The project concept was launched to IH schools in November 2020, and an impressive thirty students from fourteen IH schools volunteered to participate. They were aided by fourteen volunteer coordinators from the staff of their “home” IH school.
A kick off Zoom meeting in November 2020 allowed all students and coordinators to get to know each other, learn about the aims and logistics of the project, and do some team role exercises. These encouraged participants to reflect on the role they played in a team, a learning point which we hoped would give them useful skills and benefit their participation in the coming project. Whilst the academic team and coordinators had these learning objectives, the feedback from students was they were just enthusiastic about meeting people of their own age from different countries and cultures!
One large group of thirty was too unwieldy for practical project work, so we created three project groups of ten, comprising students mixed from different countries.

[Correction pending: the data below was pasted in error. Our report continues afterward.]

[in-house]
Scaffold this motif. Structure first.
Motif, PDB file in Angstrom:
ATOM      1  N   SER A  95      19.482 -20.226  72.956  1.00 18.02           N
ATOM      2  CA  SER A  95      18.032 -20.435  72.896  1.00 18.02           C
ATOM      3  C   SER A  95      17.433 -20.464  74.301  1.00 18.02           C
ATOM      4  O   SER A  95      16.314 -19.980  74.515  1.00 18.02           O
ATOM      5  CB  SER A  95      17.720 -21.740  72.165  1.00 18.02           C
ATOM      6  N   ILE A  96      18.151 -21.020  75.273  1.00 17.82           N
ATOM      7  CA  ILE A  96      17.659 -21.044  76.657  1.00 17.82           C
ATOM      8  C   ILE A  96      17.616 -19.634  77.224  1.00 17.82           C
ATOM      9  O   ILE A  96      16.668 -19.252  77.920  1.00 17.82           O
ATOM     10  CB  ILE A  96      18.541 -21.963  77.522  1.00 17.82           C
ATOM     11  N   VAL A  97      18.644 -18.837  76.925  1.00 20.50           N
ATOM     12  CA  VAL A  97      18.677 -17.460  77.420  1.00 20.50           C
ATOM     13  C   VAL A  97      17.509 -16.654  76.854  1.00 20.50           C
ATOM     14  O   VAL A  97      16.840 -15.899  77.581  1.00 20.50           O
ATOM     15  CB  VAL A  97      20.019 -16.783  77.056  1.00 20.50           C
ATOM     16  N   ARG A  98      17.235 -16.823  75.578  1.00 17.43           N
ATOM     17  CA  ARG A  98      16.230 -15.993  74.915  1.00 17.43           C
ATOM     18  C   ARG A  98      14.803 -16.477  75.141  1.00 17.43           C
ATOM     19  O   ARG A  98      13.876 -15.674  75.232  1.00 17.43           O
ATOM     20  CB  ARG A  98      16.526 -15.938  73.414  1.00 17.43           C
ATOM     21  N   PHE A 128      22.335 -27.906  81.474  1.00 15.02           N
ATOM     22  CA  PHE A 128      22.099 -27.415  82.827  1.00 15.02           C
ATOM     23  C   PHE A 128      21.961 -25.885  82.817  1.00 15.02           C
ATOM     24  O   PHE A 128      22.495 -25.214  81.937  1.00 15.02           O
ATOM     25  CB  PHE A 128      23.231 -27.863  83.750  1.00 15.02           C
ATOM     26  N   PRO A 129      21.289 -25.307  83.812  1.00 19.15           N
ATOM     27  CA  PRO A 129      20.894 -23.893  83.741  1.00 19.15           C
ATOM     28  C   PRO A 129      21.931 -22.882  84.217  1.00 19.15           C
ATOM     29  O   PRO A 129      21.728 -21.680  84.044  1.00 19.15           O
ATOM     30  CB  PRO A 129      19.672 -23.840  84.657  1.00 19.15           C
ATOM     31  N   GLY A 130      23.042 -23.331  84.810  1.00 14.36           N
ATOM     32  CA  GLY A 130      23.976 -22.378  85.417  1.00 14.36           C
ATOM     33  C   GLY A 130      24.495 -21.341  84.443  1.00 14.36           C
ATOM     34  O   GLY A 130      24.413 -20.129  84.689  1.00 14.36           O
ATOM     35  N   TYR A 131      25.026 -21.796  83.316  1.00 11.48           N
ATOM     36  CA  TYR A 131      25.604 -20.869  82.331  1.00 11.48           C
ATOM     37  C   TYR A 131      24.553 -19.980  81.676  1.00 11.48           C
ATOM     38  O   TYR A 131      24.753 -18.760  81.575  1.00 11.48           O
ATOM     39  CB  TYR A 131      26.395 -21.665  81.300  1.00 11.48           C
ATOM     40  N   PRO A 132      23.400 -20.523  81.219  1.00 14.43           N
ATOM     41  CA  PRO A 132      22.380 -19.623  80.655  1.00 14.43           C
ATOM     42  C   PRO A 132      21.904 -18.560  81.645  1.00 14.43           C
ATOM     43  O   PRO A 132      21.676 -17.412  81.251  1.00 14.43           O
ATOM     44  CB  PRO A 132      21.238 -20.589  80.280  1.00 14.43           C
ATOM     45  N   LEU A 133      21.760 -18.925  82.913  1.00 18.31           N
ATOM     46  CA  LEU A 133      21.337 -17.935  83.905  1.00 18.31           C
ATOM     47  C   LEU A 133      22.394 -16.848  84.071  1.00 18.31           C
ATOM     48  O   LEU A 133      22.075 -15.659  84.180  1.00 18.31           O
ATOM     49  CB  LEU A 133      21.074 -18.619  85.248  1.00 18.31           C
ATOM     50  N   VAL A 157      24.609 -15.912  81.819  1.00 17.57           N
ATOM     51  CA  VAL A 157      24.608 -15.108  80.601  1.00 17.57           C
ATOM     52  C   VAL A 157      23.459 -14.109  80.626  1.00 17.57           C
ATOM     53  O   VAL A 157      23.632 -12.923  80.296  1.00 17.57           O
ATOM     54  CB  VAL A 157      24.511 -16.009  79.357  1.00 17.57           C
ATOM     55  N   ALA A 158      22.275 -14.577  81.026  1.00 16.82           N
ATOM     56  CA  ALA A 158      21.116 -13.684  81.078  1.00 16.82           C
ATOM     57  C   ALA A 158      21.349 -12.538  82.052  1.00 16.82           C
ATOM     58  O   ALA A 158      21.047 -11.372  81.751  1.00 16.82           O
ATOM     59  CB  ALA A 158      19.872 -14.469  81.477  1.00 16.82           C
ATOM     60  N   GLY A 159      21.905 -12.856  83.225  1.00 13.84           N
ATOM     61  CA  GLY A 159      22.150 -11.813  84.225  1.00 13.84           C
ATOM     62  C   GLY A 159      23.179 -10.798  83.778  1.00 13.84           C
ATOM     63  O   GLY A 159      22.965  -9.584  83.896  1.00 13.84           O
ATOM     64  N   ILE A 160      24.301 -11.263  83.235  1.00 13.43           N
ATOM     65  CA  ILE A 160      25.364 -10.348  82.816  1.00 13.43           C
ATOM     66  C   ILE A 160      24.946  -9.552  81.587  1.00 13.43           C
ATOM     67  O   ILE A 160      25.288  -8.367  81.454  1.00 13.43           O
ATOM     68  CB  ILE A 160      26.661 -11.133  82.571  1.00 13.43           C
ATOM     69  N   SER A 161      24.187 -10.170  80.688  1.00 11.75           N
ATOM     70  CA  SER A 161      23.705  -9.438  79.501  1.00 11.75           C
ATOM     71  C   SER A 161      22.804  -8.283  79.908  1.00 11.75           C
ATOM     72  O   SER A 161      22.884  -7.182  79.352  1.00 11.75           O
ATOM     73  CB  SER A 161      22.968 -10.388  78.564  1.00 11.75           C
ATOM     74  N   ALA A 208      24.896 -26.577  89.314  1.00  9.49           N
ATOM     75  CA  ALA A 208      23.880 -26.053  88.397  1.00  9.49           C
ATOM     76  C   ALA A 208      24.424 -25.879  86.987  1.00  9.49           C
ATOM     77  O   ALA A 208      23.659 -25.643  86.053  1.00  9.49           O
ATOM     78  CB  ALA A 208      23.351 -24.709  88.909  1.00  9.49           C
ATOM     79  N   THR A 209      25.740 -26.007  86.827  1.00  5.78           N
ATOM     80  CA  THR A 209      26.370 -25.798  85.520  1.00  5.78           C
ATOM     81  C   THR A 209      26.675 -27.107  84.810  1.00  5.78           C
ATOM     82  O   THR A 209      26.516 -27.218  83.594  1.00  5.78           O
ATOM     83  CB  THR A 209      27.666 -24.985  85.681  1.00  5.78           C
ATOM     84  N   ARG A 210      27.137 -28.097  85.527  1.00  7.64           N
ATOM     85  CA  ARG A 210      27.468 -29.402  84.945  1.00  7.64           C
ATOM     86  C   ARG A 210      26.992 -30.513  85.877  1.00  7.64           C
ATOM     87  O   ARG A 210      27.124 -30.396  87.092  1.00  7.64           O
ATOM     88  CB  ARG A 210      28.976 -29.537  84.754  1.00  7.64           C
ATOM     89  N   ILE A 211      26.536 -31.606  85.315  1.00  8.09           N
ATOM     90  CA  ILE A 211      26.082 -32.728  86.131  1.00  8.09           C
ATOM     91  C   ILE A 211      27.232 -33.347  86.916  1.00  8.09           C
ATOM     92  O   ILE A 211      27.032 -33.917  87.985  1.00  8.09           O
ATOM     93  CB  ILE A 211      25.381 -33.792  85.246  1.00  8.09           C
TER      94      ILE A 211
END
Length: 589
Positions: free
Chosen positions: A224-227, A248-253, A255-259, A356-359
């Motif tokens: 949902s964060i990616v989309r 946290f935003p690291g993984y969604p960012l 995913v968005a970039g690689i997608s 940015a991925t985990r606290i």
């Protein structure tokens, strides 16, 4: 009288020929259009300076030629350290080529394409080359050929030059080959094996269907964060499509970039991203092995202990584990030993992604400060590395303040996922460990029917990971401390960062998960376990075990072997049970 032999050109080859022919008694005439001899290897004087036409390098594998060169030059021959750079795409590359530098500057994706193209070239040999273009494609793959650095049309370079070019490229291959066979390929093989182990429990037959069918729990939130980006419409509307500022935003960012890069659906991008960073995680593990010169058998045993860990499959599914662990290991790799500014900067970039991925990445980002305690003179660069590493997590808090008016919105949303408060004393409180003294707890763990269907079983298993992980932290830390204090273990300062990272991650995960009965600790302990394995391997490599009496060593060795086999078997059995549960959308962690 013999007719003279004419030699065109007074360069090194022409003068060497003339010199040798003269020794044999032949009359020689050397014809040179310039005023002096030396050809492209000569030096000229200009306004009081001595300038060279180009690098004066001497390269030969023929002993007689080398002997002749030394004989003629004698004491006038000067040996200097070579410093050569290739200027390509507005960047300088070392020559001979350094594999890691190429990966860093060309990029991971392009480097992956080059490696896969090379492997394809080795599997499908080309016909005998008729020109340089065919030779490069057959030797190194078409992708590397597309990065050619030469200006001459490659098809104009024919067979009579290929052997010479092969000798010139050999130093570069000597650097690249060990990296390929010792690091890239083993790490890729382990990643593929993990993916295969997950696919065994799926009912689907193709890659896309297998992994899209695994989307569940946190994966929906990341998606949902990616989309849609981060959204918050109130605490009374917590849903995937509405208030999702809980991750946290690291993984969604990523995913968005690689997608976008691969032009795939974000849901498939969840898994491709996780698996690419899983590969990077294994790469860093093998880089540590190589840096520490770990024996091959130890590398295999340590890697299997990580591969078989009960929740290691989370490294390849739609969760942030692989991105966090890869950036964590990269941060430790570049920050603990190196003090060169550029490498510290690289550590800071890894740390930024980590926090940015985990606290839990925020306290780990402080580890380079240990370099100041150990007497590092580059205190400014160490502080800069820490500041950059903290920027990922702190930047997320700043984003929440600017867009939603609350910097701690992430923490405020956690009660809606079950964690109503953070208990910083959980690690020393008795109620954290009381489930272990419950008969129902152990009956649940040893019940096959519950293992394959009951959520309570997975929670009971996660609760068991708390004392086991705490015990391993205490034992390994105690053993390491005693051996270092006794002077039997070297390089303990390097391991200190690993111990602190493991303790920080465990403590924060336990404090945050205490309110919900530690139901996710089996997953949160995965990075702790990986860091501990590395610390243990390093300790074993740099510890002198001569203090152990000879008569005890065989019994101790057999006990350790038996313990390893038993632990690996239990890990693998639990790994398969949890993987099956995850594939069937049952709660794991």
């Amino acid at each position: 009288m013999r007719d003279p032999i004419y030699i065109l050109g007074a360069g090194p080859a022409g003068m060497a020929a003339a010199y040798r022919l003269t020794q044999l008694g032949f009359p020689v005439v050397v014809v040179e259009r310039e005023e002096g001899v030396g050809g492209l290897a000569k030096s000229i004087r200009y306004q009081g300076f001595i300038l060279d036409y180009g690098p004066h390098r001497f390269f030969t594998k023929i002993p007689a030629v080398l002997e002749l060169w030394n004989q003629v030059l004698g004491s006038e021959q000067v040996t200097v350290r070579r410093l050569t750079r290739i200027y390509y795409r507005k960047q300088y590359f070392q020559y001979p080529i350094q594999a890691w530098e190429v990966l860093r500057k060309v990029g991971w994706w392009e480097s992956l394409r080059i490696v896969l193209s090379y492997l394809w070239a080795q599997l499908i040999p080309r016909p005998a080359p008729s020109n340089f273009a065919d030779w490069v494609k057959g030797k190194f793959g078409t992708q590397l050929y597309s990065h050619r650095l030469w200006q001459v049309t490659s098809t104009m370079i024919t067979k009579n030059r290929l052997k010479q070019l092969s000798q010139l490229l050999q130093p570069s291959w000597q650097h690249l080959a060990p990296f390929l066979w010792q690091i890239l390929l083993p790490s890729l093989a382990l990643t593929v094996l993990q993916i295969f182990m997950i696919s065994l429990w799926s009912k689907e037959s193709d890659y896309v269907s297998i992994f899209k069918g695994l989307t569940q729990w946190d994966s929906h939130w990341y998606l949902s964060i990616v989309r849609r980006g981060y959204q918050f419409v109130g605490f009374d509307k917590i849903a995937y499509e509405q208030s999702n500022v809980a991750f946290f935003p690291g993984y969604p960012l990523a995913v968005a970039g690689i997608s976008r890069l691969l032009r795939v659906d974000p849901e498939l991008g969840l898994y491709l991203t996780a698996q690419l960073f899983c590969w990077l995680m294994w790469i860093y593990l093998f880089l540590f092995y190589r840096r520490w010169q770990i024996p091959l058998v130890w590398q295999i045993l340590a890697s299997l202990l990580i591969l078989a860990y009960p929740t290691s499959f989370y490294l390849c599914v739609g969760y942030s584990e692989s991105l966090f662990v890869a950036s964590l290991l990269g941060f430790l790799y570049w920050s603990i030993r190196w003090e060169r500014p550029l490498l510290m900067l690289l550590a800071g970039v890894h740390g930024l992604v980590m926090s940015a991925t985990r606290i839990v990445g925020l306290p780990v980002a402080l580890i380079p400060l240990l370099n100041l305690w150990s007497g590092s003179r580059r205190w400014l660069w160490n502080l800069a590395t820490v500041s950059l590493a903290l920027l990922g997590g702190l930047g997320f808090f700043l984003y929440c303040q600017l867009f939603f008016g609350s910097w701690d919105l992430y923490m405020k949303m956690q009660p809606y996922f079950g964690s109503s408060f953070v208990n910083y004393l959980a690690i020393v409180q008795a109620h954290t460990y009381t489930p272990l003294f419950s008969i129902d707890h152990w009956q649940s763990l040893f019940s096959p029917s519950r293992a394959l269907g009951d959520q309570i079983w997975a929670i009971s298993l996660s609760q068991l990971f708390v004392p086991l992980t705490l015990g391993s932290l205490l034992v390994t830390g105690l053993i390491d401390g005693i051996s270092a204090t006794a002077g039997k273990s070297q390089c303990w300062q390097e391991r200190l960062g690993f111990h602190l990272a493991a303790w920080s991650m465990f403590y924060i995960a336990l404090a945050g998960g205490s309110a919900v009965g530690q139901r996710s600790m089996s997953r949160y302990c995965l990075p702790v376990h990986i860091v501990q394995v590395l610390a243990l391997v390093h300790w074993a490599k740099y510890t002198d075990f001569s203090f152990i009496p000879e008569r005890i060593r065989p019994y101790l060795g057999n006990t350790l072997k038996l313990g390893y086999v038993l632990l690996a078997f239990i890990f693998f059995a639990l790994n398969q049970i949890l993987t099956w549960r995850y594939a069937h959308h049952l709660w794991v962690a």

All groups were given the set deadline of 30th January 2021 to produce their resources.
One group chose to develop an entire website with interactive content about the need to protect our planet, one group researched and produced a video on the environmental impact of fast fashion, and the third produced a video on air pollution.
The students decided whether or not to appoint a group leader and how to divide the work. It’s important to say that although there was a coordinator for each group, the work was all the students own, they were in charge of the content, and were in control of how the project progressed. They broke tasks down into smaller ones and set a series of deadlines to ensure that everything was running to schedule.
They could communicate and share information “off-line” during the week through the shared google docs, and met once a week “live online” to gather feedback from the other group members on what they had done, as well as decide on the next steps.
All three groups decided independently that the most suitable time to meet would be every Saturday for approximately 1 hour, since they weren’t at school and it allowed them all to meet despite being in different time zones. Mornings in Mexico, early afternoon in Europe, and late afternoon in Asia were the common time slots.